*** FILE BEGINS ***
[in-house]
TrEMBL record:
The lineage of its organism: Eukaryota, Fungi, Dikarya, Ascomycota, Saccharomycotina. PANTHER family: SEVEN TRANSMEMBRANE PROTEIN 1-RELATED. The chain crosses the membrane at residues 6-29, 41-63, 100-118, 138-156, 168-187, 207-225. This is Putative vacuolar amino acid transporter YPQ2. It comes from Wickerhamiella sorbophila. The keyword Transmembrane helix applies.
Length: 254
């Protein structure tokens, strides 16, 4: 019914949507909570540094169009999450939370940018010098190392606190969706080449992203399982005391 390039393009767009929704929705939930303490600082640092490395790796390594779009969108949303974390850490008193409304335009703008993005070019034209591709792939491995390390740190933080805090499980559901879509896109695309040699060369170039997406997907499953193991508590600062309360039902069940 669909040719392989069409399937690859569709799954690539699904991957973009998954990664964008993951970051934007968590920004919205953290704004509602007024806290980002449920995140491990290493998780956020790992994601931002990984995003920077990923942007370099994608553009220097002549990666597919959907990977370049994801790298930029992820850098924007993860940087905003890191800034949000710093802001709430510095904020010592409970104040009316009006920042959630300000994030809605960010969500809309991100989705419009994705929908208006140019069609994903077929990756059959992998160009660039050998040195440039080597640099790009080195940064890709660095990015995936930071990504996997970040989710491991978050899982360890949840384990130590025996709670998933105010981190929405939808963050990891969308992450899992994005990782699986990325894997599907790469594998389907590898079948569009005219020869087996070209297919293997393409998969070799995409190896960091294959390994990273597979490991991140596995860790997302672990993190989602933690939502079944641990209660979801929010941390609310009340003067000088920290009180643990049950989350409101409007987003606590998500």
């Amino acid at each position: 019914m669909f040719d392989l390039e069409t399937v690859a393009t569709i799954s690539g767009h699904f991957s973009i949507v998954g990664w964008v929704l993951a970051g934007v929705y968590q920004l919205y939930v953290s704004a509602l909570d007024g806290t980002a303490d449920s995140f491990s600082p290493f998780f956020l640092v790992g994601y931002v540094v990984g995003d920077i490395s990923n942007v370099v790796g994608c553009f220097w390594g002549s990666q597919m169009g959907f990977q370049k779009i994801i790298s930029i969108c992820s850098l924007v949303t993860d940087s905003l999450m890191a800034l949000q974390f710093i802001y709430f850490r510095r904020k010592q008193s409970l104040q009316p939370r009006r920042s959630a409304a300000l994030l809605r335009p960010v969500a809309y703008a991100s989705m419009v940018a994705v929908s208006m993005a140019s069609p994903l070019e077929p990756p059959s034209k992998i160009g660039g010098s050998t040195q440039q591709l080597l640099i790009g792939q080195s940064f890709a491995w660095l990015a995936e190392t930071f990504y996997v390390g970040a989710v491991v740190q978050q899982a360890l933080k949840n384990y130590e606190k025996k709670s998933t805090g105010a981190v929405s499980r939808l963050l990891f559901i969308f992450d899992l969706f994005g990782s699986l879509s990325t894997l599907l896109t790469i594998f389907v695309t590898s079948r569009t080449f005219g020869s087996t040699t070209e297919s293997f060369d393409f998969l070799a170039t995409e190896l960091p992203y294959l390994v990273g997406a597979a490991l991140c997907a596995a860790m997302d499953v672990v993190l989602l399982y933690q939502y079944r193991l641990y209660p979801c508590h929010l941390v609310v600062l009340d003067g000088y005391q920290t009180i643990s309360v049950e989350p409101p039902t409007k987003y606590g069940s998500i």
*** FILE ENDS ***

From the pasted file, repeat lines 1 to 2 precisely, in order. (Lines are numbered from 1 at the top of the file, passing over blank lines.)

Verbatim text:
[in-house]
TrEMBL record: